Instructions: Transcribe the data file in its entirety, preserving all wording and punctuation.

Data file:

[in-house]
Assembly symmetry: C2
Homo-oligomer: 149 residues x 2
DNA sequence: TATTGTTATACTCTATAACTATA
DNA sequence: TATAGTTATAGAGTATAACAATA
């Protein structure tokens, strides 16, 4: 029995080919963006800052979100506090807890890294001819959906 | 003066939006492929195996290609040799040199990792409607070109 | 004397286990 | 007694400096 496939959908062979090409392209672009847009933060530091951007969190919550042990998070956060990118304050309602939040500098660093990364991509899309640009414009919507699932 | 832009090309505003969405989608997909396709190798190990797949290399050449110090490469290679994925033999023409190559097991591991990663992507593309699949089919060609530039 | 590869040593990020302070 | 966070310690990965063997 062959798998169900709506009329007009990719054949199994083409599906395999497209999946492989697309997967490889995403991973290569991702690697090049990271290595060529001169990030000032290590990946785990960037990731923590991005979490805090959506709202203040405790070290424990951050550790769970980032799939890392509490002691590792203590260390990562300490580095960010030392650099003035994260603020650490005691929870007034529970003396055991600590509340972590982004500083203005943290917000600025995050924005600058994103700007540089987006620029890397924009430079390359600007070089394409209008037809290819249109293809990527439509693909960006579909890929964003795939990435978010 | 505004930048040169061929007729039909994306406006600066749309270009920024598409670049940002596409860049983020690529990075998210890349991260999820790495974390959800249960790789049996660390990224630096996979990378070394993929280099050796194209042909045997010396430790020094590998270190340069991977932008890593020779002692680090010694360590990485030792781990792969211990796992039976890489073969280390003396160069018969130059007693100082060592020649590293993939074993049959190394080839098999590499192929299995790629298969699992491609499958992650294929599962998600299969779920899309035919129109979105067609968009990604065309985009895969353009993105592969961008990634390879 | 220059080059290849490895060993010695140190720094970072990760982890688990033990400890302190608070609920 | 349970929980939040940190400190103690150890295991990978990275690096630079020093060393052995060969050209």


[in-house]
Assembly symmetry: C2
Homo-oligomer: 149 residues x 2
DNA sequence: TATTGTTATACTCTATAACTATA
DNA sequence: TATAGTTATAGAGTATAACAATA
């Protein structure tokens, strides 16, 4: 029995080919963006800052979100506090807890890294001819959906 | 003066939006492929195996290609040799040199990792409607070109 | 004397286990 | 007694400096 496939959908062979090409392209672009847009933060530091951007969190919550042990998070956060990118304050309602939040500098660093990364991509899309640009414009919507699932 | 832009090309505003969405989608997909396709190798190990797949290399050449110090490469290679994925033999023409190559097991591991990663992507593309699949089919060609530039 | 590869040593990020302070 | 966070310690990965063997 062959798998169900709506009329007009990719054949199994083409599906395999497209999946492989697309997967490889995403991973290569991702690697090049990271290595060529001169990030000032290590990946785990960037990731923590991005979490805090959506709202203040405790070290424990951050550790769970980032799939890392509490002691590792203590260390990562300490580095960010030392650099003035994260603020650490005691929870007034529970003396055991600590509340972590982004500083203005943290917000600025995050924005600058994103700007540089987006620029890397924009430079390359600007070089394409209008037809290819249109293809990527439509693909960006579909890929964003795939990435978010 | 505004930048040169061929007729039909994306406006600066749309270009920024598409670049940002596409860049983020690529990075998210890349991260999820790495974390959800249960790789049996660390990224630096996979990378070394993929280099050796194209042909045997010396430790020094590998270190340069991977932008890593020779002692680090010694360590990485030792781990792969211990796992039976890489073969280390003396160069018969130059007693100082060592020649590293993939074993049959190394080839098999590499192929299995790629298969699992491609499958992650294929599962998600299969779920899309035919129109979105067609968009990604065309985009895969353009993105592969961008990634390879 | 220059080059290849490895060993010695140190720094970072990760982890688990033990400890302190608070609920 | 349970929980939040940190400190103690150890295991990978990275690096630079020093060393052995060969050209």